The leaf and stem mines of British flies and other insects

(Coleoptera, Diptera, Hymenoptera and Lepidoptera)

by Brian Pitkin, Willem Ellis, Colin Plant and Rob Edmunds


Phytomyza heringiana Hendel, 1922
[Diptera: Agromyzidae]

Phytomyza heringiana Hendel, 1922. Wien. ent. Ztg. 39: 69
Phytomyza heringiana Hendel, 1922; Spencer, 1972b. Handbk ident. Br. Ins. 10(5g): 93 (fig. 315Handbk ident. Br. Ins. 10(5g)), 94, 119
Phytomyza heringiana Hendel, 1922; Spencer, 1990. Host specialization in the World Agromyzidae (Diptera) :103, 105 (fig. 376), 106.

Leaf-mine: Mine irregularly linear, even forming secondary blotch. Pupation in mine (Spencer, 1972b: 93 (fig. 315).

Very shallow, irregularly branched corridor, sometimes a narrow blotch. The mine is upper-surface, sometimes also interparenchymatous. The colour is pale green, larer more rust-coloured. Frass in small, widely spaced grains. Papation takes place within the mine. Hibernation in the mine, among Fallén leaves (Bladmineerders van Europa).

Larva: The larvae of flies are leg-less maggots without a head capsule (see examples). They never have thoracic or abdominal legs. They do not have chewing mouthparts, although they do have a characteristic cephalo-pharyngeal skeleton (see examples), usually visible internally through the body wall.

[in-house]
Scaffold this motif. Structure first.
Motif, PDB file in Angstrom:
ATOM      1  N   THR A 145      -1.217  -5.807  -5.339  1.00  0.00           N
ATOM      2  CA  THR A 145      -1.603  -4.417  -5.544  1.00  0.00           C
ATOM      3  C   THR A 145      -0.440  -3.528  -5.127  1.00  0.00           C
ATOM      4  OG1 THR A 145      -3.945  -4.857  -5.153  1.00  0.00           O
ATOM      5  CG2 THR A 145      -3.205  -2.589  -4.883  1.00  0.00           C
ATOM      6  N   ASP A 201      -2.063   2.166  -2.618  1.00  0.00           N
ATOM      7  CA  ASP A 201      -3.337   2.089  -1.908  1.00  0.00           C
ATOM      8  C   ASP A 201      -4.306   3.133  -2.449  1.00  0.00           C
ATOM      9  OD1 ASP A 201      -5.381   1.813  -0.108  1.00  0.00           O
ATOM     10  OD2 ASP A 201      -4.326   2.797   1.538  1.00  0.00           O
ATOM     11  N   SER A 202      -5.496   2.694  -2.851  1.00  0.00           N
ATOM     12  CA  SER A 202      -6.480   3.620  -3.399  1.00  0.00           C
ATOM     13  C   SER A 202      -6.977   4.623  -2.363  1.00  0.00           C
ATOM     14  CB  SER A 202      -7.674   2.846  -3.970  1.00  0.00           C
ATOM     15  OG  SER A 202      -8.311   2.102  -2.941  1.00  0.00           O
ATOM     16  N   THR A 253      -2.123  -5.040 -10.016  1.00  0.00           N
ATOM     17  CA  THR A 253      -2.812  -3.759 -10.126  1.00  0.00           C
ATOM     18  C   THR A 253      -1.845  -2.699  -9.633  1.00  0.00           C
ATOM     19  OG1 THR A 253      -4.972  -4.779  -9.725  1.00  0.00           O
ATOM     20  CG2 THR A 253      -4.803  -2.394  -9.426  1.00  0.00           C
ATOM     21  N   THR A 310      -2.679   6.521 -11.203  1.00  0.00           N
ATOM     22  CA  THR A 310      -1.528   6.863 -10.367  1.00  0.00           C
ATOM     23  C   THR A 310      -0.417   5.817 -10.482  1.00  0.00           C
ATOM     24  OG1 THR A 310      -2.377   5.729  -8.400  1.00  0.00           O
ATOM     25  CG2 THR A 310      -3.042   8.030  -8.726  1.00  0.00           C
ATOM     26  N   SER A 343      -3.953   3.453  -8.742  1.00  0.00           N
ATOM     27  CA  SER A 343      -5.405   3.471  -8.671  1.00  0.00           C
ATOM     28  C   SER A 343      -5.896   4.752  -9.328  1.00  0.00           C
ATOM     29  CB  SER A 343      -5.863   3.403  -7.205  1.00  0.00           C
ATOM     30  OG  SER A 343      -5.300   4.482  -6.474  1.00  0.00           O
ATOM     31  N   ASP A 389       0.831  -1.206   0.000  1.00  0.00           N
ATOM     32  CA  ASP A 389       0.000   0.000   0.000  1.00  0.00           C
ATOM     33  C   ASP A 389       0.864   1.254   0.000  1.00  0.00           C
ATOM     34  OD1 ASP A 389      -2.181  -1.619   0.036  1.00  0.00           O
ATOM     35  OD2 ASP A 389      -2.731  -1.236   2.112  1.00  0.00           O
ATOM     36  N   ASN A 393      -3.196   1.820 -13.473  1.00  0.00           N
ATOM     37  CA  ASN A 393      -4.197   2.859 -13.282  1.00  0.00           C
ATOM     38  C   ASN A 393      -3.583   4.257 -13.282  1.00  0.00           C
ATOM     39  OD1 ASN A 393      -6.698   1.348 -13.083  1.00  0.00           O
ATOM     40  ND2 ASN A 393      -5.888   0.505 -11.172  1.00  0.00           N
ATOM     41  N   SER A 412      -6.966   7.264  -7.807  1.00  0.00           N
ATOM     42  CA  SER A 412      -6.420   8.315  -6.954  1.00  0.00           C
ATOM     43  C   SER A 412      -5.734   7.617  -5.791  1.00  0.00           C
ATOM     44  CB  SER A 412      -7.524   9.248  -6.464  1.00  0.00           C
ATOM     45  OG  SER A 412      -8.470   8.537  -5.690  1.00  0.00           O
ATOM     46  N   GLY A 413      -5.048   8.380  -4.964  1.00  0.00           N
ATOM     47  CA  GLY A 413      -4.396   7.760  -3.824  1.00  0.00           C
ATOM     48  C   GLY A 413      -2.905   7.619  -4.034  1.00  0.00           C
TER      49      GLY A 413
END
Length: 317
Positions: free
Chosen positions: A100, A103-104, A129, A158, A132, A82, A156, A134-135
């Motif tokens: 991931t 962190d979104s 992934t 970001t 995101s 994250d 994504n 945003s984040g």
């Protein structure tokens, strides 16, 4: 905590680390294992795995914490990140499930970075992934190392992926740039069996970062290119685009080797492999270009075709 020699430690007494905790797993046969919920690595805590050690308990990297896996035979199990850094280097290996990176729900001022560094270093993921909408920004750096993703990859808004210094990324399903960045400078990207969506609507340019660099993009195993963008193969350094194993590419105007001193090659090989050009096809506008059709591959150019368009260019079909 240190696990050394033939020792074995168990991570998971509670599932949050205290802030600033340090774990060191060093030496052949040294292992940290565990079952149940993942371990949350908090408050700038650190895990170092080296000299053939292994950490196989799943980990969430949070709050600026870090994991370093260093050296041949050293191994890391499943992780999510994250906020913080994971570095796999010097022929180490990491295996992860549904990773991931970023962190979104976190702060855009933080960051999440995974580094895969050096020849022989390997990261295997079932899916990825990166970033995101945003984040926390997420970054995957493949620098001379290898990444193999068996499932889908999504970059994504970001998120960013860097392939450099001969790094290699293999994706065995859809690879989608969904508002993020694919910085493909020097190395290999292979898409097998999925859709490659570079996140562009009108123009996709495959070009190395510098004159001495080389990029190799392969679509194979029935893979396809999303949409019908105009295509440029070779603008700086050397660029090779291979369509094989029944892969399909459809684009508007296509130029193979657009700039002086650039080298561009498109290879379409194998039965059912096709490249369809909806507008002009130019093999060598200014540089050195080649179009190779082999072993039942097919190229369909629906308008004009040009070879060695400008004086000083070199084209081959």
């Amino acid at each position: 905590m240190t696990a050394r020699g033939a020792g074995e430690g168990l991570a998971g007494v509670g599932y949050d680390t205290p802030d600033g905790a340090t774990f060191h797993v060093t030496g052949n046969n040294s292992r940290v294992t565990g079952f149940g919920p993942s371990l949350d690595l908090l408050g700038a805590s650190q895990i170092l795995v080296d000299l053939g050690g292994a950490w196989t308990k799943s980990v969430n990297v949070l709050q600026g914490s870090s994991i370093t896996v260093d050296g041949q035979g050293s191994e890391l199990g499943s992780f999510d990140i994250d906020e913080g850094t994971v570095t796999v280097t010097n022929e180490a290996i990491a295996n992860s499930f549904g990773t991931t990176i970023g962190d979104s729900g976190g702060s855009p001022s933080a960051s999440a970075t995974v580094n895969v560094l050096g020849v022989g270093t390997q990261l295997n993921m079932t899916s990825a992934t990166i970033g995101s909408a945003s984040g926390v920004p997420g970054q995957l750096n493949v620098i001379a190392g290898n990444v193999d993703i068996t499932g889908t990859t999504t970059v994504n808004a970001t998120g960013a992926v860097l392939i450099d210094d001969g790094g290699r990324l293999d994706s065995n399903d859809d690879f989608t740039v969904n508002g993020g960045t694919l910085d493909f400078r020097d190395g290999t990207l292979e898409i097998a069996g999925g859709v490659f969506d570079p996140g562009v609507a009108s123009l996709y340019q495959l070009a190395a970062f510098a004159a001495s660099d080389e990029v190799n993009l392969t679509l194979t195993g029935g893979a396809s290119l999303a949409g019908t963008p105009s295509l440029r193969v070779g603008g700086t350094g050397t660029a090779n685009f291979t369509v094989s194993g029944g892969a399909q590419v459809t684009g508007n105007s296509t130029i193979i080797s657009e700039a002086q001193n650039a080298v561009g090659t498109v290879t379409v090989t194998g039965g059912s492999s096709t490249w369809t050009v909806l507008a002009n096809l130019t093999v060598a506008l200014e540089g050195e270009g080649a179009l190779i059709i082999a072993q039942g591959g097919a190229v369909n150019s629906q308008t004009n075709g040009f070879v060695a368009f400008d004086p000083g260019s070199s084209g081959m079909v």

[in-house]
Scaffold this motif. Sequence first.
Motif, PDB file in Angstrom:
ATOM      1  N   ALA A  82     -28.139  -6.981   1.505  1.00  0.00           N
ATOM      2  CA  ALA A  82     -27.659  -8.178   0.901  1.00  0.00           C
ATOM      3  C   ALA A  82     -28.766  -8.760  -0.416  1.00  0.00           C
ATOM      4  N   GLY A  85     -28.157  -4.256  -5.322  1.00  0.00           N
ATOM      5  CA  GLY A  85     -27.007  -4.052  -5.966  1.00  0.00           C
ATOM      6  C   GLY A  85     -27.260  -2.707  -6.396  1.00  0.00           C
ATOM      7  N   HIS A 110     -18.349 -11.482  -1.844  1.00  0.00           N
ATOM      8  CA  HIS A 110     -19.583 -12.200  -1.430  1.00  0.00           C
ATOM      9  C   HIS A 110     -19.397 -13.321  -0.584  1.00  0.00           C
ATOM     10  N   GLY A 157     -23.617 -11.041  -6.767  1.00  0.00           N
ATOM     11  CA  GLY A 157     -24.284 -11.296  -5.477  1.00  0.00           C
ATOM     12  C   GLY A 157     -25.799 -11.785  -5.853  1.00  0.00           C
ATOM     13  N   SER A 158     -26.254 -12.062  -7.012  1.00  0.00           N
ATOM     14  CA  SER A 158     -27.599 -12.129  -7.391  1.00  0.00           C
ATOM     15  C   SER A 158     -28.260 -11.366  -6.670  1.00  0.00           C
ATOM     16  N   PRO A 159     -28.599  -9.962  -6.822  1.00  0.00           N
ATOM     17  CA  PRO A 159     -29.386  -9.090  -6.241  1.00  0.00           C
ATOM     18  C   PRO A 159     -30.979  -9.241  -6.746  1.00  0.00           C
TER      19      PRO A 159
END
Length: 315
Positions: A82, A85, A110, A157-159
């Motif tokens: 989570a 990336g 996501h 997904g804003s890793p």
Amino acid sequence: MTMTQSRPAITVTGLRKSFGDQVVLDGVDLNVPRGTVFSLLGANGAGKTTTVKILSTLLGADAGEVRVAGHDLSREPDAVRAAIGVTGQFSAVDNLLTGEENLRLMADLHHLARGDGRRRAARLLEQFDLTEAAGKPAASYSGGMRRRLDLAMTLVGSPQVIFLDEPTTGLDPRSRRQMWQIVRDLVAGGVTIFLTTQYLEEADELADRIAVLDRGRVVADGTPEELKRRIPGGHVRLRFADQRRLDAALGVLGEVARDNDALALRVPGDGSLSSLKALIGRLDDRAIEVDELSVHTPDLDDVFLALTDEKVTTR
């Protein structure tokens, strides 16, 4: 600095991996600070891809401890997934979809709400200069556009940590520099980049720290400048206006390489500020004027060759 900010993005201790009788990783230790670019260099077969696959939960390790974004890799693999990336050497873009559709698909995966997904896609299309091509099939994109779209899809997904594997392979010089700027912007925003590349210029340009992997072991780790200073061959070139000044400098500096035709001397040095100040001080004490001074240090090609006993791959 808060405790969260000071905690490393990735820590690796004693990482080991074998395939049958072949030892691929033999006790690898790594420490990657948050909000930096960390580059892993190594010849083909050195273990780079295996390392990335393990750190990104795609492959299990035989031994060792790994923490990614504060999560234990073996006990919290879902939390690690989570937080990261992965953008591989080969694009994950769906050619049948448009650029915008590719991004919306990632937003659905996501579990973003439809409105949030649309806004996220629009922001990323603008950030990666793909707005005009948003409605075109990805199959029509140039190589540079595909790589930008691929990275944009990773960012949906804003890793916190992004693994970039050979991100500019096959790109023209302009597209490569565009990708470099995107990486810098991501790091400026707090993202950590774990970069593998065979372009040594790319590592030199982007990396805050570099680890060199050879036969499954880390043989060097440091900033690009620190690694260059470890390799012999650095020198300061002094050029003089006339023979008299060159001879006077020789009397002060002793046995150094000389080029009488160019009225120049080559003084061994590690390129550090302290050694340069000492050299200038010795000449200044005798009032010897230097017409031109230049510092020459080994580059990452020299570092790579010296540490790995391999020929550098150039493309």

The larva is described by de Meijere (1926) and Viggiani (1962).

Puparium: The puparia of flies are formed within the hardened last larval skin or puparium and as a result sheaths enclosing head appendages, wings and legs are not visible externally (see examples).

Comments: Malus domestica is treated as Malus pumila (Apple) by Stace (2010).

Hosts in Great Britain and Ireland:

Malus       Mines in BMNH
Malus sylvestris Crab Apple British Wild Flowers by John Somerville et al. Spencer, 1972b: 119

Hosts elsewhere:

Malus pumila Apple   Bladmineerders van Europa, as M. domestica
Malus sylvestris Crab Apple British Wild Flowers by John Somerville et al. Spencer, 1990: 107
Malus sylvestris Crab Apple British Wild Flowers by John Somerville et al. Bladmineerders van Europa

Time of year - mines: September.

Time of year - adults: Currently unknown.

Distribution in Great Britain and Ireland: Local. Kent (Darenth) (Spencer, 1972b: 94).

Distribution elsewhere: Widespread in continental Europe including The Netherlands (Bladmineerders van Europa), Czech Republic, French mainland, Germany, Italian mainland, Lithuania and Poland (Fauna Europaea).

NBN Atlas links to known host species:

Malus domestica (= Malus pumila), Malus sylvestris

British and Irish Parasitoids in Britain and elsewhere:

Chrysocharis pubicornis (Zetterstedt, 1838) Eulophidae: Entedoninae
Chrysocharis pubens Delucchi, 1954 Eulophidae: Entedoninae
Closterocerus trifasciatus Westwood, 1833 Eulophidae: Entedoninae
Neochrysocharis formosus (Westwood, 1833) Eulophidae: Entedoninae
Cirrospilus vittatus Walker, 1838 Eulophidae: Eulophinae
Pnigalio soemius (Walker, 1839) Eulophidae: Eulophinae

External links: Search the internet:
Biodiversity Heritage Library
Bladmineerders van Europa
British leafminers
Encyclopedia of Life
Fauna Europaea
NBN Atlas
NHM UK Checklist
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